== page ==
Person Centered Planning

Person centered planning refers to a process in which a team of people gather and create a plan for a person with a disability. The process and resulting plan should be based on the person’s interests, ambitions, strengths and desires. It is meant to resist system-driven plans, those that focus on diagnoses, standards and limitations rather than who the person is and what they want from life. Lots of plans include goals about improving personal hygiene skills. Fewer plans include goals about growing a garden.

The idea of a plan is important here. Everyone receiving supports and services paid for by governmental moneys is required to have an annual contract that details the services provided and the expected outcomes. This is generally referred to as an Individual Support Plan or ISP.

The illustration above shows a simplified process teams use to create a person centered plan. This process follows the Beautiful Loop model of Ask-Analyze-Act.

THE TEAM: Who are we?

The first part of the process is to organize the team. The person whose plan this is is at the center and should take part in the whole process to their level of comfort and full ability. Gather around them a group of caring and knowledgeable people. Family and friends as well as caregivers and program staff. Professional supports such as nurses, speech therapists and psychiatrists are often involved as well. It is important to remember through all of this though, the plan belongs to the person, not to the professionals.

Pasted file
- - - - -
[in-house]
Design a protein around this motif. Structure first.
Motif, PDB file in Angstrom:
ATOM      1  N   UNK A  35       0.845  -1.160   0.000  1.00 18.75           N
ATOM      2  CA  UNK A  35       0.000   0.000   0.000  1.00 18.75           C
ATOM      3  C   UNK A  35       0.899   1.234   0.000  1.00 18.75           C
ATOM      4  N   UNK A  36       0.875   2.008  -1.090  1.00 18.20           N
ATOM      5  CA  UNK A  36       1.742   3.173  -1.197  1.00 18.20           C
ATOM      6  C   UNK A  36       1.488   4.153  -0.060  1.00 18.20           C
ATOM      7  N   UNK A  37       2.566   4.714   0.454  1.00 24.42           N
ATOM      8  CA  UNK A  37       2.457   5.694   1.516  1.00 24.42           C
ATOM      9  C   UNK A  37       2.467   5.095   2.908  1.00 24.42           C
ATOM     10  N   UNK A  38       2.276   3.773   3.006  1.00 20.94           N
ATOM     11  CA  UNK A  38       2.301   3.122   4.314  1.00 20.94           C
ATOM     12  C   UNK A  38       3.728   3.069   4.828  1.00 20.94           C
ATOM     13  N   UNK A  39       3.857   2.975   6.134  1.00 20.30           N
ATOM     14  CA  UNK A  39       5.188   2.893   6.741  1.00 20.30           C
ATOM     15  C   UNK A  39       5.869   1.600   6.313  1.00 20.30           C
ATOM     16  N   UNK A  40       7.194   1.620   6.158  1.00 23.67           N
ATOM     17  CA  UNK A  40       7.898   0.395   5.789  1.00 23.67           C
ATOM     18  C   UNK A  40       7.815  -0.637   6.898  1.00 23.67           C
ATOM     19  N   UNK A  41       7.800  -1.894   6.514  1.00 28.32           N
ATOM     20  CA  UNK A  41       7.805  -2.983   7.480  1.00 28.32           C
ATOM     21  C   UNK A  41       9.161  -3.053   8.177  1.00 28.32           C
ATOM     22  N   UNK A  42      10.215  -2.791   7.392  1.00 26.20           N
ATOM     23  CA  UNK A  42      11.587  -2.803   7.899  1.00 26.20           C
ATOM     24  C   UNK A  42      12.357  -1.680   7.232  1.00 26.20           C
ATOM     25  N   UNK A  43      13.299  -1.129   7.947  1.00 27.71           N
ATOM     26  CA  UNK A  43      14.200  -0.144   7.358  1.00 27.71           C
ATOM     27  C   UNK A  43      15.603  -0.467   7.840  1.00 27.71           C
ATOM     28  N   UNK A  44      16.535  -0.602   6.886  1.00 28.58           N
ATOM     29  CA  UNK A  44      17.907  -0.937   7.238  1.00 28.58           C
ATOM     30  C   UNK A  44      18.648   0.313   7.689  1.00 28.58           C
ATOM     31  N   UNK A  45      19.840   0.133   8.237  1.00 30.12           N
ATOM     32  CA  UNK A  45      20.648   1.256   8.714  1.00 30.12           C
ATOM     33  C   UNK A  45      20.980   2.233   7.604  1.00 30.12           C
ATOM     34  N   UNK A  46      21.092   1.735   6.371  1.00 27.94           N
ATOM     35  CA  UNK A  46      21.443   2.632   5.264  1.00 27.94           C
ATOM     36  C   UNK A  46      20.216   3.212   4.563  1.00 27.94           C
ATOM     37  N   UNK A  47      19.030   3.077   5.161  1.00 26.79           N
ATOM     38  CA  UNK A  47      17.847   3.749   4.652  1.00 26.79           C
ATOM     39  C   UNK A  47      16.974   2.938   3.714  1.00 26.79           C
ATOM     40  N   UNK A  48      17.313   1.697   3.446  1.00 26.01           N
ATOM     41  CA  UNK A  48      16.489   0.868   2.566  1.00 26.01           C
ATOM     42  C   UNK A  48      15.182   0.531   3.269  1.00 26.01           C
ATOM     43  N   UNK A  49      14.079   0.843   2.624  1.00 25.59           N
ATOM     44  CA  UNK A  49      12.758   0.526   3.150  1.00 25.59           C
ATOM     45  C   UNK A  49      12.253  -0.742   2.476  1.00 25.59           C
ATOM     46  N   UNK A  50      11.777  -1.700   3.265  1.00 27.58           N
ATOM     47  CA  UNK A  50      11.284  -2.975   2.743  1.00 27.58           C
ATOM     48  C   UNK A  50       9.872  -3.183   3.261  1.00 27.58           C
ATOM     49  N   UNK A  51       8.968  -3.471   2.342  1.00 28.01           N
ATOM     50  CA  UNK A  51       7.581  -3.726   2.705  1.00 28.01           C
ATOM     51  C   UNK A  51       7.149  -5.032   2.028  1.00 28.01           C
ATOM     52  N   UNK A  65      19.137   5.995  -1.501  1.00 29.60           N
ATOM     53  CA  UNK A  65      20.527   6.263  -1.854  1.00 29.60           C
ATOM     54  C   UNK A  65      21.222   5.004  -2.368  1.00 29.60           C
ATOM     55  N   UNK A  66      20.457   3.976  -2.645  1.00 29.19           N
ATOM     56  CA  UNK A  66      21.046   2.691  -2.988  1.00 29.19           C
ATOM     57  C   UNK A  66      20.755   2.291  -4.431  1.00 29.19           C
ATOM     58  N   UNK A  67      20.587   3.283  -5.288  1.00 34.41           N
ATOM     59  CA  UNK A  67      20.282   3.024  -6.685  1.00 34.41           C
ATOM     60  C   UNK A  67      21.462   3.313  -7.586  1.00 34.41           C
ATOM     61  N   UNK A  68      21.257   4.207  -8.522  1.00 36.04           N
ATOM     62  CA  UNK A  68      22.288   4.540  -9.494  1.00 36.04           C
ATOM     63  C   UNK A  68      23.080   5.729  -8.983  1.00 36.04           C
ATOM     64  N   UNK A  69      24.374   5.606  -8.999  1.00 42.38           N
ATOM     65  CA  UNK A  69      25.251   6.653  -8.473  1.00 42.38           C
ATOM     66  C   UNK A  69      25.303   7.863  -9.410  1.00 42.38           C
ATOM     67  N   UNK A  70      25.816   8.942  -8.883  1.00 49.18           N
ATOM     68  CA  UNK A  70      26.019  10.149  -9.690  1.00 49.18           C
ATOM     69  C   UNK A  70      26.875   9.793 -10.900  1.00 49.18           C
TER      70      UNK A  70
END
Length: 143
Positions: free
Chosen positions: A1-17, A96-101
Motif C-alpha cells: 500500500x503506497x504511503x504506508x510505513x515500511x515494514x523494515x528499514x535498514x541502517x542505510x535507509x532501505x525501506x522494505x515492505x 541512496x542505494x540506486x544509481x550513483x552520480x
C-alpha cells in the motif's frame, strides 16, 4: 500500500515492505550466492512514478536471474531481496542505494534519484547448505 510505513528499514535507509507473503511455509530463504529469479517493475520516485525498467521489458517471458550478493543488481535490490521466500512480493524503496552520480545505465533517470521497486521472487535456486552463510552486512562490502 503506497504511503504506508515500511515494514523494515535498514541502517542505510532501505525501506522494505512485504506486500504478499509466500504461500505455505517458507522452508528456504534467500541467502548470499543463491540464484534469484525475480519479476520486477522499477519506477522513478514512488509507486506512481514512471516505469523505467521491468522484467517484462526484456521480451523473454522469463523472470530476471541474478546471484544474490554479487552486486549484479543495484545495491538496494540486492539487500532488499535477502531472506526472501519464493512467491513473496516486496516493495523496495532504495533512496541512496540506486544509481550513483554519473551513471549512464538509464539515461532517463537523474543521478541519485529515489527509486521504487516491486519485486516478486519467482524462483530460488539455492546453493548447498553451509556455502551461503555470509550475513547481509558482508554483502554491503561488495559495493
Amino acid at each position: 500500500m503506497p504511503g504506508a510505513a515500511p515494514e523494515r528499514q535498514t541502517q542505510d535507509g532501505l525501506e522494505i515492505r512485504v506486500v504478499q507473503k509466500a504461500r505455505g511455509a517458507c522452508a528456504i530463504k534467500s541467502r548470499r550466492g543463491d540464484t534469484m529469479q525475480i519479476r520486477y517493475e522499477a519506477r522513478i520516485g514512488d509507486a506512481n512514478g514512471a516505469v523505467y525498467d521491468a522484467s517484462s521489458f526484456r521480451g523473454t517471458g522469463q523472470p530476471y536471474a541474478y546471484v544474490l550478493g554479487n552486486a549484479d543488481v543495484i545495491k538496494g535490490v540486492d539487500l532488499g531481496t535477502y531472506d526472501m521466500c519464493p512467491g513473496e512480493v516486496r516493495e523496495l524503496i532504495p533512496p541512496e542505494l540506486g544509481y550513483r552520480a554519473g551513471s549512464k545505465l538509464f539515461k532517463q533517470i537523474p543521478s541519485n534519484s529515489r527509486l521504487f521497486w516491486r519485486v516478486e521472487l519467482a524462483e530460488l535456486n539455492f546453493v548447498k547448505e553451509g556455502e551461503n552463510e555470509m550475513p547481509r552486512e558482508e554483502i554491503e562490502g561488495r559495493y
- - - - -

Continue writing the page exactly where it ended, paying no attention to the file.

ASK: Gathering person centered information

The key to a person centered planning process is the questions we ask. Who do you like to hang out with? What’s your favorite thing to do? What kind of job do you want? Where do you like to sit in church? The list of questions we can ask is endless. We also must ask questions about how to keep the person healthy and safe.

ANALYZE: Figuring out planning priorities

My favorite method of creating an agenda is to have the whole team look over the gathered info and circle the important stuff with color coded markers.

THE MEETING: Let’s have a party

I am a strong advocate of celebrating the person’s life and accomplishments and making the annual plan a party. I’ve attended too many meetings in which the focus is deficits, diagnoses and inappropriate behavior. Planning for the future should be exciting and full of life.

ACT: Make it happen